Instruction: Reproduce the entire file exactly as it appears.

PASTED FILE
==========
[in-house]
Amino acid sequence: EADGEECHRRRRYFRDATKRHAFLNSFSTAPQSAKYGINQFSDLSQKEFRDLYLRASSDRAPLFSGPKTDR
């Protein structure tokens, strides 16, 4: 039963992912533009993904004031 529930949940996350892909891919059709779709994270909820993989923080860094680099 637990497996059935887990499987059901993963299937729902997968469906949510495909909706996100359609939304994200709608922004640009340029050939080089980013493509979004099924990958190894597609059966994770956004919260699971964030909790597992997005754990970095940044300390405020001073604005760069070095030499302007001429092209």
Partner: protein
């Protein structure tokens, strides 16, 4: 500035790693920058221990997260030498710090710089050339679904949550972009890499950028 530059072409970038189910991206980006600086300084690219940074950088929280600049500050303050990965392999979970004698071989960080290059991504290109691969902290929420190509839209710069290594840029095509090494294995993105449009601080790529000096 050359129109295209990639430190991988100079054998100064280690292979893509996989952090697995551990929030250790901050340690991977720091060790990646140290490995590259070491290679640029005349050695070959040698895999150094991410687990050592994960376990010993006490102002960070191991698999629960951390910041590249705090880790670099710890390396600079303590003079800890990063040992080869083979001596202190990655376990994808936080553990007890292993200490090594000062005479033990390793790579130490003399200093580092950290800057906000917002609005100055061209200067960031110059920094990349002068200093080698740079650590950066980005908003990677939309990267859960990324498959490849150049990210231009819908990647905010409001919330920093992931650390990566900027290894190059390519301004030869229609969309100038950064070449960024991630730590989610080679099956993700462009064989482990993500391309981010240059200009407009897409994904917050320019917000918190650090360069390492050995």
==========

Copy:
[in-house]
Amino acid sequence: EADGEECHRRRRYFRDATKRHAFLNSFSTAPQSAKYGINQFSDLSQKEFRDLYLRASSDRAPLFSGPKTDR
């Protein structure tokens, strides 16, 4: 039963992912533009993904004031 529930949940996350892909891919059709779709994270909820993989923080860094680099 637990497996059935887990499987059901993963299937729902997968469906949510495909909706996100359609939304994200709608922004640009340029050939080089980013493509979004099924990958190894597609059966994770956004919260699971964030909790597992997005754990970095940044300390405020001073604005760069070095030499302007001429092209």
Partner: protein
């Protein structure tokens, strides 16, 4: 500035790693920058221990997260030498710090710089050339679904949550972009890499950028 530059072409970038189910991206980006600086300084690219940074950088929280600049500050303050990965392999979970004698071989960080290059991504290109691969902290929420190509839209710069290594840029095509090494294995993105449009601080790529000096 050359129109295209990639430190991988100079054998100064280690292979893509996989952090697995551990929030250790901050340690991977720091060790990646140290490995590259070491290679640029005349050695070959040698895999150094991410687990050592994960376990010993006490102002960070191991698999629960951390910041590249705090880790670099710890390396600079303590003079800890990063040992080869083979001596202190990655376990994808936080553990007890292993200490090594000062005479033990390793790579130490003399200093580092950290800057906000917002609005100055061209200067960031110059920094990349002068200093080698740079650590950066980005908003990677939309990267859960990324498959490849150049990210231009819908990647905010409001919330920093992931650390990566900027290894190059390519301004030869229609969309100038950064070449960024991630730590989610080679099956993700462009064989482990993500391309981010240059200009407009897409994904917050320019917000918190650090360069390492050995």